A small but important first step toward the possible return of passenger rail service to the Lehigh Valley was taken late Wednesday night by Allentown City Council.
In a surprise move, council unanimously voted to support feasibility and marketing studies on rail service in the Lehigh Valley and to request state and/or federal funding to pay for such studies.
It also formally is recommending that Lehigh Valley legislators and local municipal governments and authorities join in supporting the funding of those studies.
Council’s surprise vote left “flabbergasted” Kirk Raup, who unsuccessfully has been trying for years to get Allentown, Bethlehem and Easton officials moving forward on the idea of restoring passenger service to Philadelphia, New Jersey and New York City.
“It’s a very good move -- a small step, but a very important one,” said Raup, who was at the meeting but did not address council.
The Lehigh Valley has not had passenger rail service to Philadelphia or New York for 51 years, according to the resolution passed by council.
Raup believes Allentown’s lead vote will spur Bethlehem and Easton to also approve the resolution. “That’s going to mean something to the other cities. Easton and Bethlehem are on the cusp of doing this and I hope to shake them loose.”
He would like to see the three cities jointly create a rail transit authority that would develop a viable plan for rail service, including financing.
While the resolution states Allentown’s mayor also supports state and federal funding to explore re-establishing rail service, Mayor Ed Pawlowski was not at the City Council meeting to weigh in on the issue. Nor did any other city administrators in attendance address it.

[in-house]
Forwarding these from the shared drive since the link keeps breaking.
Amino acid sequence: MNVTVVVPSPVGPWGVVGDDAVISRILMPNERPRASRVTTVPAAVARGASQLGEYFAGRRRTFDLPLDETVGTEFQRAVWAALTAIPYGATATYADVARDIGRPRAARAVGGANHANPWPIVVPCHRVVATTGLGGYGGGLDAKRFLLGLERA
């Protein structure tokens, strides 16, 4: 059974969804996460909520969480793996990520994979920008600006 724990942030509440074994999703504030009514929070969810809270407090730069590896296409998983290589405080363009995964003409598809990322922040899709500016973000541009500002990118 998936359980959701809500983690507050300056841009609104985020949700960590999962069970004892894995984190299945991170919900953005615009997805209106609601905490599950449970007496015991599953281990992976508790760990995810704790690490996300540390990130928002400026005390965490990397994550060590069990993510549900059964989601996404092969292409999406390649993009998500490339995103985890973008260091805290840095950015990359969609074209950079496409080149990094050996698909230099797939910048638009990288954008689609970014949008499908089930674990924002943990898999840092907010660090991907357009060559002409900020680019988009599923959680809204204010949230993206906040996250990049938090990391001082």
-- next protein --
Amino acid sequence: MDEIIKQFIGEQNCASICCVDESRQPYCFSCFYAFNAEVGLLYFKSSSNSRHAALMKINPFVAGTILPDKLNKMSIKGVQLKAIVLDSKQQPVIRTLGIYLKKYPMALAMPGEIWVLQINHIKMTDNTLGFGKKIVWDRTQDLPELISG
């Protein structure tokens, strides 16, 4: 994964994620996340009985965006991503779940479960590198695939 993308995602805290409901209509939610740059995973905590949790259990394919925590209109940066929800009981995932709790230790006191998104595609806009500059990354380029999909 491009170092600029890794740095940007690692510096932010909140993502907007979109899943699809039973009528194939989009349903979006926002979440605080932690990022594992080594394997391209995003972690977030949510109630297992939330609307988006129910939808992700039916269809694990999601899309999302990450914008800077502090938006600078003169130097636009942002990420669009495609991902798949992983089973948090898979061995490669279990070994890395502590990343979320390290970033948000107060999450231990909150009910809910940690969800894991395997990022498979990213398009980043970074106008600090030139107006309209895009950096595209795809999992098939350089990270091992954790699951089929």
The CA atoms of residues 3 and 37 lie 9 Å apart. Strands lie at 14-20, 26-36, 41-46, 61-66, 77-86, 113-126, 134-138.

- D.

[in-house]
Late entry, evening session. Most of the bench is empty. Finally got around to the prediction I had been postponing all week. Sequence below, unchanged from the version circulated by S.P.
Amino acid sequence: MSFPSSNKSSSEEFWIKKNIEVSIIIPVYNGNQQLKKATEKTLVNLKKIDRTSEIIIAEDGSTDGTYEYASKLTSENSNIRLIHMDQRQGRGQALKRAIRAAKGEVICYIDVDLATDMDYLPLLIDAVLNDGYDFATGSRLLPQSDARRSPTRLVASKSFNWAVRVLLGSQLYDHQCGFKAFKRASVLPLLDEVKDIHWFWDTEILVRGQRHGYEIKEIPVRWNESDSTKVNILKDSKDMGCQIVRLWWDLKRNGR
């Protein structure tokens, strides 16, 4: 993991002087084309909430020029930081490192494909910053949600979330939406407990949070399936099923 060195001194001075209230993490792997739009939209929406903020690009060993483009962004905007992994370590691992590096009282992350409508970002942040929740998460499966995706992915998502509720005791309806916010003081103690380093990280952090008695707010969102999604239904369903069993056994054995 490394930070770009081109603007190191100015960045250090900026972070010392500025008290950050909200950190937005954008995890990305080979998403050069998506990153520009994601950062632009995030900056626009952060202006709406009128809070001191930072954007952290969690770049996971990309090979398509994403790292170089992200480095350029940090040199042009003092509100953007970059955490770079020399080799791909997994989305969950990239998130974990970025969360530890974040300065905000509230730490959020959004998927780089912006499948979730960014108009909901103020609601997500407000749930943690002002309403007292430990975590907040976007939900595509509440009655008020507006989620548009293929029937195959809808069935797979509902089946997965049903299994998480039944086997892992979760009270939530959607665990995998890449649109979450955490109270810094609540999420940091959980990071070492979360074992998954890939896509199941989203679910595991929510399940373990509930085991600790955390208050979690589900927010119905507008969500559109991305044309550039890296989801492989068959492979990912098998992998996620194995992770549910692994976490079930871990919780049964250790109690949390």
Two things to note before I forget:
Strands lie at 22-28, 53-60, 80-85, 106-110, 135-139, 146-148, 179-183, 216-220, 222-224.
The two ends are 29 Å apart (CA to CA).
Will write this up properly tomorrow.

The resolution was on City Council’s agenda only for first reading and was set to be referred back to its public works committee, which met with Raup about the issue months ago.
But, without revealing how he would vote, council member Peter Schweyer suggested voting on it immediately and all his colleagues agreed.
No council members expressed any opinions on the merits of the resolution before the vote. Nor did any of the few people speak who still were in the audience after 10:30 p.m.
Raup has said he has met with the mayors of all three cities twice in the last couple of years to get things started on restoring passenger rail service. He also has attended many city council meetings in Allentown, Bethlehem and Easton.
The resolution states rail service would provide economic and quality of life benefits to the Lehigh Valley. It suggests exploring re-establishing rail service “and multi-modes of transportation” to connect the Valley with the New York and Philadelphia.
Raup has estimated restoring rail service to the Lehigh Valley would cost $500 million, with half the money coming from the federal government, and take at least a decade before the first trains roll out of the Valley to Philadelphia and New York.